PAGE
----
I don’t have the opportunity to wear a lot of swimming suits in Pittsburgh, so the fact that I have so many is kind of ridiculous. I reason that I only wear one pair of shoes at a time, but I own many pairs of those too. This is no different.

Plus, I was going to get a hot tub last year. I have the cement pad and everything. Then I realized how much more I needed to do—wiring for the plug, all the pH chemically stuff, and the fact that it snows in Pittsburgh for half the year, I swear.

“That bikini is hot,” he says.

“It’s not a bikini,” I say. I have a fair amount of curves, and I prefer a tankini and some bottoms to the stringed type of swimwear.

“It’s clearly two pieces,” he argues. “The top is pink, and the bottoms are black.”

“It’s a sports bra and a pair of panties.” The bra-top is cute, though. It has a subtle, cream-colored tropical leaf pattern running through the hot pink. The bottoms are almost shorts to contain my booty, with a thick waistband that makes me look sexy and feminine. 

But not hot. I love my body, one-hundred percent, how it is. I simply know how to make her feel and look good at the same time.

“Yeah.” He clears his throat and hums in that way Murph has. I can’t quite describe it, but he does it when he’s thinking about something, when he’s not sure what to say, and when he’s trying to irritate me. I half-expect him to burst out laughing any second now, but he doesn’t. 

“There are nine,” I say as I move the phone down the line without further comment from my best friend.

“Shocking.” I flip the phone around and see his brilliant smile. “I’d expect you to have double digits when it comes to your beach clothes.”

“Some of them are two pieces.”

“Yeah.” His thumb covers the camera, and then he disappears. A blip of disappointment cuts through me, but Murph hates doing video calls on his phone. He’s already a little self-conscious about the size of his nose, and the close-up and angle of a phone camera doesn’t help.

I don’t know what he’s talking about. He’s rugged, with a square jaw and the perfect amount of scruff no matter what time of day it is. He’s got eyes that sparkle like the Atlantic Ocean on a clear, gorgeous day, and just because I’m not dating and will never marry doesn’t mean I don’t know how devastatingly good-looking Murph is. 

“I have at least three cover-ups too,” I say as the call switches back to talking only. “Maybe four.” I focus on the settee, where no less than half a dozen cover-ups lay, waiting for me to deem some of them Chosen Ones and take them to Belize with me.

I sink onto the bed. “Belize, huh?”

“I’ve never been,” he says. “Dinner with your mom, huh?”

I try not to think about the hour’s worth of paperwork that still needs to be done before I can actually go to sleep. “I’m closing my eyes,” I whisper, a game Murph and I have played before. “Paint me a picture, Murph.”

He starts to talk about what’s happening in Superior, Wisconsin, where he lives. “The snowflakes fall down like angel kisses from heaven, lighting on the ship as it eases into the dock…”

Yes, I fall asleep to the deep, sexy, bass timbre of his voice, my head filled with dreams of my upcoming tropical vacation with my gorgeous-inside-and-out best friend.

What Readers are Saying

⭐⭐⭐⭐⭐ "Prolific romance author Johnson...has produced an enjoyable slow-burn tale; A particularly appealing element of this book is its depiction of a patient, perceptive hero."— Kirkus Reviews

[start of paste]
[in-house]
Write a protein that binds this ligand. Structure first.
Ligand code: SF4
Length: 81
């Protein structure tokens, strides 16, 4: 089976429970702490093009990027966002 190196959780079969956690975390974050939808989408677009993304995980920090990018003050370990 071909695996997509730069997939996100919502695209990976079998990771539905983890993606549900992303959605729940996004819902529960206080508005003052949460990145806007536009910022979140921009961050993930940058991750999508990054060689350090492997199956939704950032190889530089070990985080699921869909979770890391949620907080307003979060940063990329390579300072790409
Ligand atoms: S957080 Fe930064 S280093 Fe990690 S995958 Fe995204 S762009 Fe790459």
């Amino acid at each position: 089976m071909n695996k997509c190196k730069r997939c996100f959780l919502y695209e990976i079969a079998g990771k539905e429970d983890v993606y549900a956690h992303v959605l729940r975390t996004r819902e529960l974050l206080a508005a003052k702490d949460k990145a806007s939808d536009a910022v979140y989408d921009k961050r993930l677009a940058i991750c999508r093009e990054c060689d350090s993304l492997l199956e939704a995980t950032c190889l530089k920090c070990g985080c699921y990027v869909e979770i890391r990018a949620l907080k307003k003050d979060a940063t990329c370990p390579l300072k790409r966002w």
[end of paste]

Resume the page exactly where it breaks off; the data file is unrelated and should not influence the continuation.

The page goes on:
⭐⭐⭐⭐⭐ "Romance readers who know exactly what they like — cozy romances with beachy kisses and people learning to trust offers of happiness — will enjoy this execution of a classic formula. Logan and Sloane are likable leads."— Publishers Weekly

Customer Reviews

Based on 34 reviews
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s
shartzel78@comcast.net

Sloane Sanders was left at the altar, but went on her non-honeymoon alone. At the airport she ended up giving the second ticket to a fellow traveler, romance author Logan Murphy. They became best friends and every year go on a winter holiday together. When he develops feelings for her, he tries to find a way to tell her, and it scares her because men, including her father have all left, and if he does too, she loses her best friend. A touching story of love, trust and communication.

K
Kristen B.

Thoroughly enjoyed Elana Johnson’s new sweet romance. A bit different from her other books, Elana writes this text in first person which allows the reader a glimpse into the thoughts and emotions of her characters as they work through the joys and struggles in their relationship.

M
Marie

I was lucky to get an ARC copy of The Relationship so this is my own opinion and is totally honest. The story is about Sloane whose supposed to get married but is left at the alter but still decides to take her honeymoon and share it with a stranger she meets at the airport. Jump ahead five years Sloane and Logan still take a yearly holiday together only Logan knows has feelings for Sloane. The story is about how Sloane has to manage her relationship issues about being not good enough. I thoroughly enjoyed the book and would definitely recommend it to anyone especially if you love a HEA

j
jackiejane

I really enjoyed this book & found it a little different from her usual stories. Just a fun & easy read!

K
Karen L.

4.5***** stars. Sloane is stood up at the altar 20 minutes before the wedding ceremony. She decides to go on a honeymoon for one since she saved up and paid for it. At the airport, she offers the second ticket up for grabs. Well, Logan takes advantage of the ticket. They become friends and plan a fabulous, platonic vacation for the two of them for the next five years. That is, this last one doesn’t feel all that platonic and now comes the awkward part. They both have feelings for each other but do they share or risk their best friend relationship. Now you have to read it! This has a different premise that most of her books that are western genre. As always, an enjoyable and entertaining read.I voluntarily read and reviewed an advanced reader copy of this book